- Osborne misses IMF leadership shortlist, ICAEW economia.
- Europe Needs a Different Approach to IMF Leadership, Bloomberg.
- AMLO apoyaría a Agustín Carstens en caso de que aspire a dirigir el FMI, Grupo Formula.
- The tricky business of electing a new IMF managing director, Central Banking.
- EU candidates for IMF job narrowed down to three, Financial Times.
- The next head of the IMF should come from Asia. But will they?, East Asia Forum.
- Next IMF chief must be ‘ready to go to war’ – trade and currency, strategist says, CNBC.
- Next IMF chief must stand up to Trumpian protectionism, but need not be European, South China Morning Post.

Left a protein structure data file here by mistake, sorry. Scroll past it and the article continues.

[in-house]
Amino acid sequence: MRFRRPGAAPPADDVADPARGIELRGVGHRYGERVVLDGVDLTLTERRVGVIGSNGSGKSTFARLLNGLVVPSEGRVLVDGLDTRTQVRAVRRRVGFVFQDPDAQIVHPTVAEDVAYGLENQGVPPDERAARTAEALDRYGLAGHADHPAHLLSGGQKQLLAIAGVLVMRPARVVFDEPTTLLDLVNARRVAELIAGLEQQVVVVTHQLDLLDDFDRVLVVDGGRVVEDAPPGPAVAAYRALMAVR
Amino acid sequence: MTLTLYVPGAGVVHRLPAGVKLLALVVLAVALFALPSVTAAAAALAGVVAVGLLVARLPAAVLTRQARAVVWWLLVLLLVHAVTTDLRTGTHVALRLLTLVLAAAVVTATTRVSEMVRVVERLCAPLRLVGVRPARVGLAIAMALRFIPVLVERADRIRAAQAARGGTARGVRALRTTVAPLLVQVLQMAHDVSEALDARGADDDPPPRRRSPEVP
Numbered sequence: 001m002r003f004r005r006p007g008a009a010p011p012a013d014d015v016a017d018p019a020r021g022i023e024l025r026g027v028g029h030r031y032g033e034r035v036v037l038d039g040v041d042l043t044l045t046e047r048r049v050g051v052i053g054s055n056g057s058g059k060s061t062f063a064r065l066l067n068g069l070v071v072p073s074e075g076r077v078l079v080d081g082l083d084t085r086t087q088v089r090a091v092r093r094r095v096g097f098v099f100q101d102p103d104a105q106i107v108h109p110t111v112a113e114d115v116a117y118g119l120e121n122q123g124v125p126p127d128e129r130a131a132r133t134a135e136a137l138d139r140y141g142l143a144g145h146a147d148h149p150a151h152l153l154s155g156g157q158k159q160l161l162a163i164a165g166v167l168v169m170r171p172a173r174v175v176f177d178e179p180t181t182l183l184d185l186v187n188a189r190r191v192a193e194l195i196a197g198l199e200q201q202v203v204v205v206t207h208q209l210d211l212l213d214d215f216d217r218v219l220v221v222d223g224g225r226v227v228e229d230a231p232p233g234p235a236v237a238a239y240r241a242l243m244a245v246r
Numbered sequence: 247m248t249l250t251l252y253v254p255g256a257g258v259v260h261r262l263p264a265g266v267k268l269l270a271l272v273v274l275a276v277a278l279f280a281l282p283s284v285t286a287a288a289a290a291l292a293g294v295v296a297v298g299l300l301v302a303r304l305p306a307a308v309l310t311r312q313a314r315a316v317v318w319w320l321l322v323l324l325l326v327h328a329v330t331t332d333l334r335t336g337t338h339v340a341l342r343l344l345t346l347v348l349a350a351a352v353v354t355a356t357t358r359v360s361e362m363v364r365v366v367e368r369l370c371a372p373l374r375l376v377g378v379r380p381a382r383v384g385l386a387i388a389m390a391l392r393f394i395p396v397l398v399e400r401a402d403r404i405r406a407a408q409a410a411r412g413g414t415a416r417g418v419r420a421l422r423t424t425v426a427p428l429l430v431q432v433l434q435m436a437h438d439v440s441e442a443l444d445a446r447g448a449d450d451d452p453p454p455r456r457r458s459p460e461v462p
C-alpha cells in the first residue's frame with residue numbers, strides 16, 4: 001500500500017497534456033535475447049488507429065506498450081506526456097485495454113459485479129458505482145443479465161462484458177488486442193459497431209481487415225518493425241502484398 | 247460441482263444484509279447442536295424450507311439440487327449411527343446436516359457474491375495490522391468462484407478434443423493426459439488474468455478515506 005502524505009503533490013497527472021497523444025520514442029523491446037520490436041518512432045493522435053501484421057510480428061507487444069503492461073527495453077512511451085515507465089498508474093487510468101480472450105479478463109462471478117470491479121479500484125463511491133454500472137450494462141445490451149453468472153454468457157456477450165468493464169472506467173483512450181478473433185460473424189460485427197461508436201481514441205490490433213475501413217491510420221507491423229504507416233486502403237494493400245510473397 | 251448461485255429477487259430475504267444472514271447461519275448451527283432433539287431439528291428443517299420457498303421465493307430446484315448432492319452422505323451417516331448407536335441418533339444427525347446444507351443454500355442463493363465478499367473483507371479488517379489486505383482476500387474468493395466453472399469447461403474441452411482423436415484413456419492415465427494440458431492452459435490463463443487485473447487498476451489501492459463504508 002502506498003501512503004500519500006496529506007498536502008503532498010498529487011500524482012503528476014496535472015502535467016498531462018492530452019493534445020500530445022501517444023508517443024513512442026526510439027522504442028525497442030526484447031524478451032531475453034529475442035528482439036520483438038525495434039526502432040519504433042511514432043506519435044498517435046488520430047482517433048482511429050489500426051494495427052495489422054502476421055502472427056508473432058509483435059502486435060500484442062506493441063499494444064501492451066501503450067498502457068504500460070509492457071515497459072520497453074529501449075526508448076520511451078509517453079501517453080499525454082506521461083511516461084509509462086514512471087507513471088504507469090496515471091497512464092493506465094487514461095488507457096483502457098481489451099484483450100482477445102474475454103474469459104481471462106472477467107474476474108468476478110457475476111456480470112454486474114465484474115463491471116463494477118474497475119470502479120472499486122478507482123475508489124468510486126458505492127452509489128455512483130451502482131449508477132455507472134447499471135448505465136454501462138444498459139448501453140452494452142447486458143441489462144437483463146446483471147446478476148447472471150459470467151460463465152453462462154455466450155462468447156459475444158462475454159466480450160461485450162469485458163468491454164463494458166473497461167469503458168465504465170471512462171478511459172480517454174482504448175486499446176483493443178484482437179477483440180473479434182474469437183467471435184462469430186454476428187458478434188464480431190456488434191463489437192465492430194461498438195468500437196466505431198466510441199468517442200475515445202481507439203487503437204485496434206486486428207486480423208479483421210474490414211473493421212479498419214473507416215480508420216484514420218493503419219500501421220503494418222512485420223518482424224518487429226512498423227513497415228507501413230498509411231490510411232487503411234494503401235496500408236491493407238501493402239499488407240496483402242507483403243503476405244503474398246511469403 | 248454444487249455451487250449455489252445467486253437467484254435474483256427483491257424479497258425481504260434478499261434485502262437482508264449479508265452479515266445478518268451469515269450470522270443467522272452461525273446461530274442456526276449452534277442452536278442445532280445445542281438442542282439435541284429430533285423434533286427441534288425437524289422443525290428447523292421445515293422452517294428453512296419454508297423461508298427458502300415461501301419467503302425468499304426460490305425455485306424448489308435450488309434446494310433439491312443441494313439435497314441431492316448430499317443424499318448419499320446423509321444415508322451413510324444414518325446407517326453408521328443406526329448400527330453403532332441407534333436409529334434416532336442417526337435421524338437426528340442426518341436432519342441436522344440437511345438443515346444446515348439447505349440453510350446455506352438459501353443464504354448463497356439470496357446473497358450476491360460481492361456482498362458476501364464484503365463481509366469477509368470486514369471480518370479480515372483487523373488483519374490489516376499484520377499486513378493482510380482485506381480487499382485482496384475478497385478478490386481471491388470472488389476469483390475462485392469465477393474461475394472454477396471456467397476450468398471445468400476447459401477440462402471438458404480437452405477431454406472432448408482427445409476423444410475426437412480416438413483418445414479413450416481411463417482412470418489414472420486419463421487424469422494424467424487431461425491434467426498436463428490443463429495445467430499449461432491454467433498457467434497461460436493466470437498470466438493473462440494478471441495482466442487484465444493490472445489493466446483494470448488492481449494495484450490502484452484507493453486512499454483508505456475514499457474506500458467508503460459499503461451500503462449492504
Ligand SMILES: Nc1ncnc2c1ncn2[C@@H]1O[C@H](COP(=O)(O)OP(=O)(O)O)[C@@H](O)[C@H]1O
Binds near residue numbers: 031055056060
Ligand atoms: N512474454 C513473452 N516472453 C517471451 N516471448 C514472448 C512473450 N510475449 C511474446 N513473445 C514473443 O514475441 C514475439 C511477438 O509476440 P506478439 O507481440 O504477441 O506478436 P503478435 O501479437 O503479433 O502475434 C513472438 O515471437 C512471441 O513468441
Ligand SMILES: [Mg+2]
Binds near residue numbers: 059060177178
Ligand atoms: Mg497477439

- Look beyond Europe for the IMF’s new leader, East Asia Forum.
- IMF launches selection process for Lagarde successor, Financial Times.
- World Bank’s Georgieva added to EU list of candidates to lead IMF, Reuters.
- Europe lists 5 candidates to succeed Lagarde at IMF, Apex News.
- Raghuram Rajan can be a strong contender to head IMF if it’s looking beyond Europeans, the Print.
- Europe is at odds over who will replace Christine Lagarde at the IMF, CNBC.
- Commentary: The rare, huge reform opportunity before the IMF, CNA.
- Is Asia Serious About Running the IMF?, AsiaGlobal online.
- UK Parliament panel seeks backing for an Indian IMF chief, Economic Times.